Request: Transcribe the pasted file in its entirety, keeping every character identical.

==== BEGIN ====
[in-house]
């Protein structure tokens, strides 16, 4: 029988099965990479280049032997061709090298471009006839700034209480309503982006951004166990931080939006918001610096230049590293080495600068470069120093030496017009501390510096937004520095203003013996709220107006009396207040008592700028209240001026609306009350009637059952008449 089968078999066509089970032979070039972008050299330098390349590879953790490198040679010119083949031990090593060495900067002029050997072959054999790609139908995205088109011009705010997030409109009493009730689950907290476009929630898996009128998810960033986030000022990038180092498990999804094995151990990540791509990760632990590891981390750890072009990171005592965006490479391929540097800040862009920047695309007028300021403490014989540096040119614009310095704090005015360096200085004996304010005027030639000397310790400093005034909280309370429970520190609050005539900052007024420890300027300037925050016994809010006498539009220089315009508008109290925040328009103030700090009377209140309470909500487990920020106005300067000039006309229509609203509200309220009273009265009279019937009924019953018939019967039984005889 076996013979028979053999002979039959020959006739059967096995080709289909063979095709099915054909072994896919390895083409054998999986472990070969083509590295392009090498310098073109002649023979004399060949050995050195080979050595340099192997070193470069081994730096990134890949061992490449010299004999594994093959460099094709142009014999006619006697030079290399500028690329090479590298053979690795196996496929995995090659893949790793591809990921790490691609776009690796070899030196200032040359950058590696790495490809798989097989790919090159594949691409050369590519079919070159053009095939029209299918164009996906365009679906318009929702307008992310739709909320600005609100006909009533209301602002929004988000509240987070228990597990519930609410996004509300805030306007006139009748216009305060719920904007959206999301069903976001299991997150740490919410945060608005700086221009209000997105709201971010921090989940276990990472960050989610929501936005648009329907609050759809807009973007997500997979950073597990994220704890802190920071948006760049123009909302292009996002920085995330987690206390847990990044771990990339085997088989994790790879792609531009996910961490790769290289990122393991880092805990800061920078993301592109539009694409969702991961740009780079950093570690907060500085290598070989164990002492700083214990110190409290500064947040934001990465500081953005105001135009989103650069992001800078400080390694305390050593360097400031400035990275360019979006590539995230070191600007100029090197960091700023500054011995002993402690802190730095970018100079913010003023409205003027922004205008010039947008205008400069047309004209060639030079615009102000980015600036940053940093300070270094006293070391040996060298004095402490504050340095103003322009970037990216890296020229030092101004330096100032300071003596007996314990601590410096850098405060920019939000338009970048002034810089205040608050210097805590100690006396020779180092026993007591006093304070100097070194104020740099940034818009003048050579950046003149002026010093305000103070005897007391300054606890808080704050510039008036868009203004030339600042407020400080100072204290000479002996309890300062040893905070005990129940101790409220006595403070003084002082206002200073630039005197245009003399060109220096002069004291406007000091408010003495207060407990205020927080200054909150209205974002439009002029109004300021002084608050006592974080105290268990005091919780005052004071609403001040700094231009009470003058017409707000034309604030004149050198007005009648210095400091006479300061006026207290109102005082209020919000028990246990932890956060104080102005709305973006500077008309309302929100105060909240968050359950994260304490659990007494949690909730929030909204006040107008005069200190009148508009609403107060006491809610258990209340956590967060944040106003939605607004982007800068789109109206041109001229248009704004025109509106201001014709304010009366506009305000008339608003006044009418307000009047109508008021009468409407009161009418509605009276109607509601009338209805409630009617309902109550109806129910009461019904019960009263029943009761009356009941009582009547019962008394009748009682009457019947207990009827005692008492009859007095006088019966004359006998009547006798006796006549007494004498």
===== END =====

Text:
[in-house]
């Protein structure tokens, strides 16, 4: 029988099965990479280049032997061709090298471009006839700034209480309503982006951004166990931080939006918001610096230049590293080495600068470069120093030496017009501390510096937004520095203003013996709220107006009396207040008592700028209240001026609306009350009637059952008449 089968078999066509089970032979070039972008050299330098390349590879953790490198040679010119083949031990090593060495900067002029050997072959054999790609139908995205088109011009705010997030409109009493009730689950907290476009929630898996009128998810960033986030000022990038180092498990999804094995151990990540791509990760632990590891981390750890072009990171005592965006490479391929540097800040862009920047695309007028300021403490014989540096040119614009310095704090005015360096200085004996304010005027030639000397310790400093005034909280309370429970520190609050005539900052007024420890300027300037925050016994809010006498539009220089315009508008109290925040328009103030700090009377209140309470909500487990920020106005300067000039006309229509609203509200309220009273009265009279019937009924019953018939019967039984005889 076996013979028979053999002979039959020959006739059967096995080709289909063979095709099915054909072994896919390895083409054998999986472990070969083509590295392009090498310098073109002649023979004399060949050995050195080979050595340099192997070193470069081994730096990134890949061992490449010299004999594994093959460099094709142009014999006619006697030079290399500028690329090479590298053979690795196996496929995995090659893949790793591809990921790490691609776009690796070899030196200032040359950058590696790495490809798989097989790919090159594949691409050369590519079919070159053009095939029209299918164009996906365009679906318009929702307008992310739709909320600005609100006909009533209301602002929004988000509240987070228990597990519930609410996004509300805030306007006139009748216009305060719920904007959206999301069903976001299991997150740490919410945060608005700086221009209000997105709201971010921090989940276990990472960050989610929501936005648009329907609050759809807009973007997500997979950073597990994220704890802190920071948006760049123009909302292009996002920085995330987690206390847990990044771990990339085997088989994790790879792609531009996910961490790769290289990122393991880092805990800061920078993301592109539009694409969702991961740009780079950093570690907060500085290598070989164990002492700083214990110190409290500064947040934001990465500081953005105001135009989103650069992001800078400080390694305390050593360097400031400035990275360019979006590539995230070191600007100029090197960091700023500054011995002993402690802190730095970018100079913010003023409205003027922004205008010039947008205008400069047309004209060639030079615009102000980015600036940053940093300070270094006293070391040996060298004095402490504050340095103003322009970037990216890296020229030092101004330096100032300071003596007996314990601590410096850098405060920019939000338009970048002034810089205040608050210097805590100690006396020779180092026993007591006093304070100097070194104020740099940034818009003048050579950046003149002026010093305000103070005897007391300054606890808080704050510039008036868009203004030339600042407020400080100072204290000479002996309890300062040893905070005990129940101790409220006595403070003084002082206002200073630039005197245009003399060109220096002069004291406007000091408010003495207060407990205020927080200054909150209205974002439009002029109004300021002084608050006592974080105290268990005091919780005052004071609403001040700094231009009470003058017409707000034309604030004149050198007005009648210095400091006479300061006026207290109102005082209020919000028990246990932890956060104080102005709305973006500077008309309302929100105060909240968050359950994260304490659990007494949690909730929030909204006040107008005069200190009148508009609403107060006491809610258990209340956590967060944040106003939605607004982007800068789109109206041109001229248009704004025109509106201001014709304010009366506009305000008339608003006044009418307000009047109508008021009468409407009161009418509605009276109607509601009338209805409630009617309902109550109806129910009461019904019960009263029943009761009356009941009582009547019962008394009748009682009457019947207990009827005692008492009859007095006088019966004359006998009547006798006796006549007494004498």